This recipe makes a non-diary, crispy pastry that is good with a variety of fillings. The oranges juice and zest add extra flavor. The dough also makes a good cookie including thumb print that can be filled as desired.
5-5 1/2 cups all-purpose flour*
3 teaspoons baking powder
3/4 cup vegetable oil
3/4 cup sugar
2 teaspoons vanilla extract
1/4 cup orange juice or water
2 teaspoon grated orange rind
Fillings of choice including poppy seed (mohn in Yiddish), prune butter (lekvar), hazelnut chocolate spread, lemon curd, thick fruit preserve, crumbled halvah
Preheat oven to 350 degrees. Lightly grease baking sheet or cover with parchment paper. Add flour and baking power to a bowl and blend with a dry whisk. Use the whisk to beat the eggs in separate larger bowl. Add oil, sugar, vanilla and orange juice or water and beat until well blended and creamy. Mix in grated rind. Add flour mixture to the wet ingredients gradually, mixing in completely each time with a wooden spoon. Once the dough can be formed into a ball not too sticky to handle, knead it together until smooth.
All of the steps up to this point can also be done in a food processor fit with steel blades. Blend the wet ingredients, then add the flour gradually until a ball forms and continue to roll, fill and fold.
Once the dough is in a smooth ball, pull off a large piece and roll to 1/4 inch thick on a lightly floured board or counter. Cut into 3 to 3 1/2-inch rounds; the top of a glass works quite well. Place about 1 teaspoon of filling of choice in the center of each round. Moisten around the edge of the dough circle, then fold into a triangle, pinching each corner closed and leaving some filling showing. Bake 20 to 25 minutes just until starting to barely golden brown. Yield: about 3 dozen
*To add some whole grain, you can trade out up to half the all-purpose flour for white whole wheat flour.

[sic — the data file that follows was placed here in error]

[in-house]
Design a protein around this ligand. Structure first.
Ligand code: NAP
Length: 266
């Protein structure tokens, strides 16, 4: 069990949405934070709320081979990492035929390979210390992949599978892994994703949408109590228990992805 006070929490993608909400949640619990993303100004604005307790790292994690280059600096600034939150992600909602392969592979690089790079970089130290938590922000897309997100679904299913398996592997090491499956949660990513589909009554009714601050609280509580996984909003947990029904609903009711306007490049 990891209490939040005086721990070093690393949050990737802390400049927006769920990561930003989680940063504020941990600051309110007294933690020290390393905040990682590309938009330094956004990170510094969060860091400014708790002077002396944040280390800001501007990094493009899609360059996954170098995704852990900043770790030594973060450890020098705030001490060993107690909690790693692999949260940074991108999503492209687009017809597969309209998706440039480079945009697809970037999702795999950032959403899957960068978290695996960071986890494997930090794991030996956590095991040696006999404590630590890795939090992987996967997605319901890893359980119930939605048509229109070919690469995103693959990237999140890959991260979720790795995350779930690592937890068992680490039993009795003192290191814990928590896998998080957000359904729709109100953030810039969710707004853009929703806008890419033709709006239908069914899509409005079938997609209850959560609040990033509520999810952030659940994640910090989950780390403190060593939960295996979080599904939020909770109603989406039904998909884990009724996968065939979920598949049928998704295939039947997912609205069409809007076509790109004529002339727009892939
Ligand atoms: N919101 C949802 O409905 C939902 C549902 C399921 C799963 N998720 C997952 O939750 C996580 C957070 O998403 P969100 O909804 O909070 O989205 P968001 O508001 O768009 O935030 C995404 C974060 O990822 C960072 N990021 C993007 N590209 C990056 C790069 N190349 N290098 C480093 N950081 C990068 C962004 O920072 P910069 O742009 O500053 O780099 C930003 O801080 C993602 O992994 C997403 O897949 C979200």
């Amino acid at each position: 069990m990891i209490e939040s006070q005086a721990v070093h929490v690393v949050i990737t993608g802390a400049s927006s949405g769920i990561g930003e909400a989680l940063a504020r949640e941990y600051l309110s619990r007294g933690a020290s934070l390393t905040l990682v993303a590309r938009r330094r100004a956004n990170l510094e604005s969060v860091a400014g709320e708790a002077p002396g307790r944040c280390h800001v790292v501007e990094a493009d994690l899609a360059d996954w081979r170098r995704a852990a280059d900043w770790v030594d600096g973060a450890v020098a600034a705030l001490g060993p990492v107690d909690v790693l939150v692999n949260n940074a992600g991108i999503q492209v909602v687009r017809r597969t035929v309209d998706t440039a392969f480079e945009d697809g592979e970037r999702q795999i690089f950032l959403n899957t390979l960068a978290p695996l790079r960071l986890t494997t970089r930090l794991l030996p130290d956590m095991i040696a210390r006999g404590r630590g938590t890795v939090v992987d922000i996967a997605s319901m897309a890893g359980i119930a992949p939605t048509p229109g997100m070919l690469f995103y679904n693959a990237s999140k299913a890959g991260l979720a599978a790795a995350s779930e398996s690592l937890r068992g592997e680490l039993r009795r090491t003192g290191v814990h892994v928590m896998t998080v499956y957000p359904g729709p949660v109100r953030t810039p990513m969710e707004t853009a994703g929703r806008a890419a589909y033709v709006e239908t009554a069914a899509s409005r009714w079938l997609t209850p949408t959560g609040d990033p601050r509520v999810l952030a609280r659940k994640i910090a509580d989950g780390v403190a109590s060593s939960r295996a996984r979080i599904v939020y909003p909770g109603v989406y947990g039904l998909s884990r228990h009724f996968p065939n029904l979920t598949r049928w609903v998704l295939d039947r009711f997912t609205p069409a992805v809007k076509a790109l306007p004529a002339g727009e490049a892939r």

Understanding your enemy is critical if you want to defeat them:
In early June, Perrigo asked the department for more information on Femcare’s inspection history, as well as those of abortion clinics in Charlotte, Fayetteville and Wilmington, according to other emails provided by DHHS. A month later, on July 11, an aide to Rep. Sarah Stevens, a Republican from Mount Airy who sponsored the House’s version of the abortion bill, asked DHHS in an email for information on “the types of problems found in the abortion clinics that were not closed” during recent inspections.
A resulting records check at DHHS noted that Femcare hadn’t been cited with any major deficiencies since 2006, the date of the clinic’s last licensure inspection. Small problems had cropped up in other, more limited inspections at the clinic since that date, but they had been quickly rectified, the documents indicate.
A week later, on July 18 and 19, DHHS performed an unannounced inspection at Femcare, setting the stage for the clinic’s suspension.
It’s obvious the actions of Republicans in the General Assembly were focused on creating legislation which would bring about the closing of most (if not all) abortion clinics in the state, a direct assault on the rights of women in North Carolina. And it was also obvious the Governor’s office tried to get the most mileage out of the subsequent closures, an effort to repair McCrory’s image after his flip-flop:
While similarly classified groups exist in progressive circles, they have nowhere near the funding provided to right-wing groups by wealthy, business-focused donors. Of the top-ten outside spending “social welfare” groups engaged in the 2012 elections, all but one were either right-wing or conservative.